To justify their irrational fear of much weaker states, they are compelled to concoct ludicrous scenarios.
The Wall Street Journal editors must be trying their hand at comedy:
Reports that two Iranian frigates may be steaming into the Atlantic toward Venezuela ought to concentrate minds in the Biden Administration. So much for Iranian goodwill amid President Biden’s determination to rejoin the 2015 nuclear deal.
The editorial is referring to the two Iranian ships reported on in the silly article I wrote about earlier this week. It’s as if they want to prove my point about how ridiculous and warped the Iran debate is in this country. No one expects any “Iranian goodwill,” especially not when the U.S. continues to keep all “maximum pressure” sanctions in place while negotiations are ongoing in Vienna. If Iran and Venezuela are increasing their military cooperation, it might just have something to do with the economic wars that the U.S. has been waging against both countries. Driving targeted governments together is a predictable consequence of unremitting U.S. hostility. That said, the specter of closer Iranian-Venezuelan cooperation should not frighten or alarm us any more now than it did when Rick Santorum was peddling this same fearmongering nonsense 15 years ago.
If anything, the voyage of these two Iranian ships should underscore that Iran poses no threat to the United States and neither does Venezuela. Our government’s obsessions with throttling Iran and seeking regime change in Venezuela are irrational and serve no legitimate American interest. Hawks are desperate to exaggerate everything about the two states’ relationship to make our hostile policies seem at least slightly justifiable when they are not. The fact that we have a major newspaper editorializing about the movements of Iranian naval vessels is cause for embarrassment on their part and laughter on ours.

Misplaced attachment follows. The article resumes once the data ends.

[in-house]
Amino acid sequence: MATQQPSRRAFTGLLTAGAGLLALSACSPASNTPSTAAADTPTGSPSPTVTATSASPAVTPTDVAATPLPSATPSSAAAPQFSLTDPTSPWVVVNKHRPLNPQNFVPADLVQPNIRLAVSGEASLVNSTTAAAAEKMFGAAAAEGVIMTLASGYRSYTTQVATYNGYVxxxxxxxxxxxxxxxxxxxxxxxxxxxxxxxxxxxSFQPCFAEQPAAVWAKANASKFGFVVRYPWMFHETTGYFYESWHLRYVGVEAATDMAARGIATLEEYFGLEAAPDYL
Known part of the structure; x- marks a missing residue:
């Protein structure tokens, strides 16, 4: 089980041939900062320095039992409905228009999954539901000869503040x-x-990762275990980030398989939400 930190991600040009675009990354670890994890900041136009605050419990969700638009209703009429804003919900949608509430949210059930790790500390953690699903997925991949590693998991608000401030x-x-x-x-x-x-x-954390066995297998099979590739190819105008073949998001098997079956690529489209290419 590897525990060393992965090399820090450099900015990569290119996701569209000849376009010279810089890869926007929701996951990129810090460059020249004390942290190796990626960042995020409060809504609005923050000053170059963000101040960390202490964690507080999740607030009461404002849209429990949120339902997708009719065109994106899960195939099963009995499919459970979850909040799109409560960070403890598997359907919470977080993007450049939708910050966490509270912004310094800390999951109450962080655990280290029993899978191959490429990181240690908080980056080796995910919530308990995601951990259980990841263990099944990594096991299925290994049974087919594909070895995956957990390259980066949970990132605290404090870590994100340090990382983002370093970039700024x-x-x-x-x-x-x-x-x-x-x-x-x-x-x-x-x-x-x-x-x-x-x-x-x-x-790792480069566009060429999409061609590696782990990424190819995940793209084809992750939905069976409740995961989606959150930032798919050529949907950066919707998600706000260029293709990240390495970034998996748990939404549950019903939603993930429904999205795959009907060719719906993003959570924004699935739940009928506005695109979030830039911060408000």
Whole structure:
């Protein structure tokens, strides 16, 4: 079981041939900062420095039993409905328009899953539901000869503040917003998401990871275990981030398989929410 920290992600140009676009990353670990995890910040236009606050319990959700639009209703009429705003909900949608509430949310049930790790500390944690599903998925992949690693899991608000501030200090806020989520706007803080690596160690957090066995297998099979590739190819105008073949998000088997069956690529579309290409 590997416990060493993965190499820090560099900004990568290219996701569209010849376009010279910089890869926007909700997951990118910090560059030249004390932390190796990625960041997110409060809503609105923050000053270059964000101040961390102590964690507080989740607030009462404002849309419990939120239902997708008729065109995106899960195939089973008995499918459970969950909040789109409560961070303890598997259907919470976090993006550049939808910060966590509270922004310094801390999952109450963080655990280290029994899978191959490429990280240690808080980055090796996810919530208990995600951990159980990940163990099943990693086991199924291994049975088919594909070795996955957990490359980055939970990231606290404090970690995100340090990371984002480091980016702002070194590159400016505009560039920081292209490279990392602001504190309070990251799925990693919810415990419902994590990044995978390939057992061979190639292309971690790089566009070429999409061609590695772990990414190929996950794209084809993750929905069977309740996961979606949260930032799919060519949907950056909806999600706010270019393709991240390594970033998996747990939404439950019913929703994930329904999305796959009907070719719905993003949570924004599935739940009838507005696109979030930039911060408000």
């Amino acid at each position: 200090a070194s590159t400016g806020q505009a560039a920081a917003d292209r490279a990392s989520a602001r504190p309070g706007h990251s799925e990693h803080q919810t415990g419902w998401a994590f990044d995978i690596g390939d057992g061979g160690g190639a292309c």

The editorial warns that if Iranian ships enter the Caribbean without challenge, it might encourage others to do the same:
If it sails into these waters without resistance, a precedent will be set for adversarial navies operating in the region. Don’t be surprised if Russia and China decide to join the party in the future.
This is silly on several levels. Governments don’t send ships to the other side of the planet unless they have some reason to send them there, and it’s not as if the Russian navy hasn’t already made a habit of visiting Cuba long before this non-event. Suppose that other navies “join the party” by sailing in international waters and then visiting other sovereign states. What of it? If hawks actually believed what they said about freedom of navigation, they should have no problem with this.
One thing to learn from these hawkish panics over nothing is that hawks’ constant threat inflation has them chasing after shadows and jumping at the slightest sound. To justify their irrational fear of much weaker states, they are compelled to concoct ludicrous scenarios. For example, the editorial imagines that U.S. and Iranian ships might clash over Guyanese boundaries. The same people that saw nothing wrong with the Trump administration’s belligerent, aggressive Iran policy for the last four years are suddenly worried about a “risk of confrontation.”
Unfortunately, this editorial reflects typical Republican hawkish thinking about Iran, and it shows us why we cannot have a sane policy debate.